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Historic moment as Constitutional Court finds Zuma guilty and sentences him to jail

South Africa has many problems. But, as Jacob Zuma has found out, the strength of its rule of law and the independence of its judiciary should not be underestimated.

The Conversation Africa



South Africa’s Constitutional Court has found former president Jacob Zuma guilty of contempt of court and sentenced him to 15 months’ imprisonment.

Clearly, this is a momentous, historic verdict, with profound legal and constitutional implications, and one that will have political reverberations. It will strengthen the hand of reform-minded President Cyril Ramaphosa, who is struggling to rebuild state institutions hollowed out during Zuma’s nine-year rule, which ended in early 2018. The judgment fiercely makes the case for accountability over impunity. It serves to remind all South Africans that no one is above the law.

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The ground-breaking judgment was read out by Acting Chief Justice Sisi Khampepe, who began with these words:


It is indeed the lofty and lonely work of the Judiciary, impervious to public commentary and political rhetoric, to uphold, protect and apply the Constitution and the law at any and all costs.

Never before has the Constitutional Court passed a custodial sentence, still less on a former democratically elected president.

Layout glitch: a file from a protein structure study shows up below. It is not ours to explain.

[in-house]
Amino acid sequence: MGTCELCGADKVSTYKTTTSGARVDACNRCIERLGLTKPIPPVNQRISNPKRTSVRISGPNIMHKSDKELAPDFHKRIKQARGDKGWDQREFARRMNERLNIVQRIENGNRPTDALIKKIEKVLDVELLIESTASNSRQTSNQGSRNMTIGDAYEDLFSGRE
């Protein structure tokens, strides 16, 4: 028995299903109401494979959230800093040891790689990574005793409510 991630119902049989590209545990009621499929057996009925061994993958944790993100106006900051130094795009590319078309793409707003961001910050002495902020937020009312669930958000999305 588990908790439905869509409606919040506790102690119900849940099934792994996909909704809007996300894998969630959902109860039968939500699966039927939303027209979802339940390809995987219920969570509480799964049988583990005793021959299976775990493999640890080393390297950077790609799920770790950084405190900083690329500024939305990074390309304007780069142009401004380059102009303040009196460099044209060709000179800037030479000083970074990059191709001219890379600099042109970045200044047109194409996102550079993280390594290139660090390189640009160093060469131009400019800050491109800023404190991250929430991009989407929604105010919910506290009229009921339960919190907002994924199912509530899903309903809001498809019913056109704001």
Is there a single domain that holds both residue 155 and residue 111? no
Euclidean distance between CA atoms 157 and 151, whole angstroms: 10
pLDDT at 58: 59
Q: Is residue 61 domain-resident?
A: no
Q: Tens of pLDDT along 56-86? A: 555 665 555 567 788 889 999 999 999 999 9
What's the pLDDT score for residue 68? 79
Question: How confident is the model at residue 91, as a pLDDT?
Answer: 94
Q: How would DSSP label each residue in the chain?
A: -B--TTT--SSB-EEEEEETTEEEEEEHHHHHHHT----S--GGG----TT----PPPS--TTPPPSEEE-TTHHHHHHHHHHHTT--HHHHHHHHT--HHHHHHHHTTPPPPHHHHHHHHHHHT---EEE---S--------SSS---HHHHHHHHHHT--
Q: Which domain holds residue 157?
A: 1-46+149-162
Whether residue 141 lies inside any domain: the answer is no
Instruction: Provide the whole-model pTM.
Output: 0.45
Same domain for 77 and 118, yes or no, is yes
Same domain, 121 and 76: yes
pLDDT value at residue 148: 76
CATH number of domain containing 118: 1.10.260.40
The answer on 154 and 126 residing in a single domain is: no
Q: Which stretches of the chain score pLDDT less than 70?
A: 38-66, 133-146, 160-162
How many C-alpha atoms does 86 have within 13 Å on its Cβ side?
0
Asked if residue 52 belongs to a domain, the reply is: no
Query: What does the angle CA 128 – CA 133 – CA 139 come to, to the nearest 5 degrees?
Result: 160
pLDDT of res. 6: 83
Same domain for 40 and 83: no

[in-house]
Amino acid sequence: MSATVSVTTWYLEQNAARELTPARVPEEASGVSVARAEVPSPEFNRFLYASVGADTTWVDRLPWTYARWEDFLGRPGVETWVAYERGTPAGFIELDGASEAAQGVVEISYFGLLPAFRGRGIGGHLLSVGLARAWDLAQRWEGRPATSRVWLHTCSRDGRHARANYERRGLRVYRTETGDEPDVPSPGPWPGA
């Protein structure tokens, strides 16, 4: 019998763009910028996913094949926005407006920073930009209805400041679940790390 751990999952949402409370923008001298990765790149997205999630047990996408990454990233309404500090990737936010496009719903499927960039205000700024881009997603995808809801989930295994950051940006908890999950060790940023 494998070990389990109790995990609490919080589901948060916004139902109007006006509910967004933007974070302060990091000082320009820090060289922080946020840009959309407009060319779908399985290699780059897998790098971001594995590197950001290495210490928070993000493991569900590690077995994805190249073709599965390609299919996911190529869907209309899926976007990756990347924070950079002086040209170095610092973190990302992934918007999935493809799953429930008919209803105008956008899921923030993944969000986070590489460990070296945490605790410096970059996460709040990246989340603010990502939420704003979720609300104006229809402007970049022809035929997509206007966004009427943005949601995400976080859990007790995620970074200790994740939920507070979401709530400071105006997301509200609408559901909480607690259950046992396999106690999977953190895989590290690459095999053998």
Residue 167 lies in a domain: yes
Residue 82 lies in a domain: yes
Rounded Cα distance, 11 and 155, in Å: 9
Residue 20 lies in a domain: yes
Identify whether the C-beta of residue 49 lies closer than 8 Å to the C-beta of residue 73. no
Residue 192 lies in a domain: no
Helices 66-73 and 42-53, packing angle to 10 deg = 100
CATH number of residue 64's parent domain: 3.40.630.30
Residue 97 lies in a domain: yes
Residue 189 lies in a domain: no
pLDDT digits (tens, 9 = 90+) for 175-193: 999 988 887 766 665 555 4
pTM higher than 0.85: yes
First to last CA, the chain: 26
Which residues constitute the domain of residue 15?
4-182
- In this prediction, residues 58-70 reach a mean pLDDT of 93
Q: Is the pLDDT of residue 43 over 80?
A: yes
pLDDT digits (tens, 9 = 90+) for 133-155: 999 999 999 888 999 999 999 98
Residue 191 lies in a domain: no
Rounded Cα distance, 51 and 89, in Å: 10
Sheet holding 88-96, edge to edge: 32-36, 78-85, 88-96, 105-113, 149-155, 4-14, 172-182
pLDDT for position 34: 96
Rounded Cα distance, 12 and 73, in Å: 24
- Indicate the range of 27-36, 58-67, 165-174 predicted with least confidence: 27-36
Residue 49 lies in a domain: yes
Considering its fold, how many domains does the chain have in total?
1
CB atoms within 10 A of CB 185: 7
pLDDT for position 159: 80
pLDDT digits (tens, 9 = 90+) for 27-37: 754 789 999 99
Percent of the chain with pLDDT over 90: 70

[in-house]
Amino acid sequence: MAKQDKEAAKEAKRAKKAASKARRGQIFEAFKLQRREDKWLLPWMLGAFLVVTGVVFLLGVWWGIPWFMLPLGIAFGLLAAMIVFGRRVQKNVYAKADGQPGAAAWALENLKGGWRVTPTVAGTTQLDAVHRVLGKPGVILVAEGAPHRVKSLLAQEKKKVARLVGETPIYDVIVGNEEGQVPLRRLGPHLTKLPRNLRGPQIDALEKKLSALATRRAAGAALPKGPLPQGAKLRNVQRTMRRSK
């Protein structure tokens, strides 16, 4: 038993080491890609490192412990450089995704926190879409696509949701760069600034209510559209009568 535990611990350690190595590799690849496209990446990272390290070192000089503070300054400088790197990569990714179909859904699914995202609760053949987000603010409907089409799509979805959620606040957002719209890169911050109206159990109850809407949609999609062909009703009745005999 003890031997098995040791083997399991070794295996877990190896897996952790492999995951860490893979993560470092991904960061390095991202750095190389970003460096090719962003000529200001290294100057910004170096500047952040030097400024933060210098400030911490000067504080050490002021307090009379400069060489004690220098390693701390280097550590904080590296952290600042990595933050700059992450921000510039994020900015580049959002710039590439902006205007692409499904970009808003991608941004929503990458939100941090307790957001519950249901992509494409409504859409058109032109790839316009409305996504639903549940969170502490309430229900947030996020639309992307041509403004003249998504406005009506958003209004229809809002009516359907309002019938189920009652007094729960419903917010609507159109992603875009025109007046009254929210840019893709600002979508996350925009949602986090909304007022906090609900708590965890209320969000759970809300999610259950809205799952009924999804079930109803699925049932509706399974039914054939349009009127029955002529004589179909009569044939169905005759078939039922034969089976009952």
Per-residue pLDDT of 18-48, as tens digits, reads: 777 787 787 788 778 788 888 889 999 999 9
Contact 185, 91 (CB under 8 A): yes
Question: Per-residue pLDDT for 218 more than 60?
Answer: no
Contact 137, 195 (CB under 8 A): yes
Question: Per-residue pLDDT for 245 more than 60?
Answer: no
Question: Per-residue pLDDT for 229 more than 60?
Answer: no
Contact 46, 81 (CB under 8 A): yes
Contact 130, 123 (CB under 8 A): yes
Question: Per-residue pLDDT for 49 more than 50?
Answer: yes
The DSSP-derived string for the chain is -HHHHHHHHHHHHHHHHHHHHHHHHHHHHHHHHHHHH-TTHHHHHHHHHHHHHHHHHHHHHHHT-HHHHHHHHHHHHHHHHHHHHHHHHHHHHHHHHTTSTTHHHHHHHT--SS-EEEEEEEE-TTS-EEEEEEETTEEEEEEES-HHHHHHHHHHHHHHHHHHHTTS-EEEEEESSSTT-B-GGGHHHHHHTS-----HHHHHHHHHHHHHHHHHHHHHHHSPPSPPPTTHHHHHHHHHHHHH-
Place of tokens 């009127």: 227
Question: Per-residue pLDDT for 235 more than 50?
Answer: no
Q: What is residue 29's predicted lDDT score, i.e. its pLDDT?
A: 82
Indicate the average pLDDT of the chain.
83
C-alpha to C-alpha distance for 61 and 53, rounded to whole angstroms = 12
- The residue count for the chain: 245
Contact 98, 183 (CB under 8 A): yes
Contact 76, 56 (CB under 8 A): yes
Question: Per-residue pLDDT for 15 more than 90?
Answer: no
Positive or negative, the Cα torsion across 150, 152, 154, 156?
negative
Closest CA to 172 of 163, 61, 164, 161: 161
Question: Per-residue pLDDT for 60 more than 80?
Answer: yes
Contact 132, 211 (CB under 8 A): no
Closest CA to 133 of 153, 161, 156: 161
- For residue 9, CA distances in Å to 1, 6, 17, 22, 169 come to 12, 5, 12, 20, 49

This was one of several choices that the court had to make.

Weighty matters

The first question – whether there had been contempt of court – was straightforward to answer: Zuma had chosen not to contest the proceedings and had declined to offer any justification or denial of his decision to defy the order of the same court earlier this year. In that decision it held that he should appear before the Zondo Commission, the judicial inquiry into state capture and corruption in the country.

The commission’s legal team had come up with a strategy that, for once, outwitted Zuma. For almost two decades, Zuma has benefited from the strength of South Africa’s rule of law with his so-called “Stalingrad strategy” – taking every legal point and appealing every judgment against him.

Instead of going to a lower court, as would be customary in contempt of court proceedings, the Zondo Commission went directly to the Constitutional Court. The court accepted jurisdiction on the basis that it was its order that he was defying and because of the exceptional and urgent circumstances.


The public had an interest in having Zuma give evidence at the commission and respond to the grave allegations of corruption that have been made against him from his nine years in office. He ascended to the high office in May 2009 and was ousted from power by Ramaphosa following the latter’s election as president of the governing African National Congress in December 2017.

The consequence of the decision of the Constitutional Court to accept jurisdiction was that Zuma, having nowhere to appeal to, as it is the apex court, was bound to accept its ruling.

He must now present himself to his local police station within five days.

For the majority of seven justices, Khampepe found that, although the case had exceptional features – the fact that it involves a former president, with ongoing duties to respect and protect the constitution – he was not being treated exceptionally, as the minority judgment penned by two justices (Leona Theron and Chris Jafta) held.

The second, weightier decision for the court to take was whether to pass a coercive or punitive sentence. The former would, for example, have suspended the sentence provided that Zuma appear before the Zondo Commission; the latter would simply punish the contempt of court.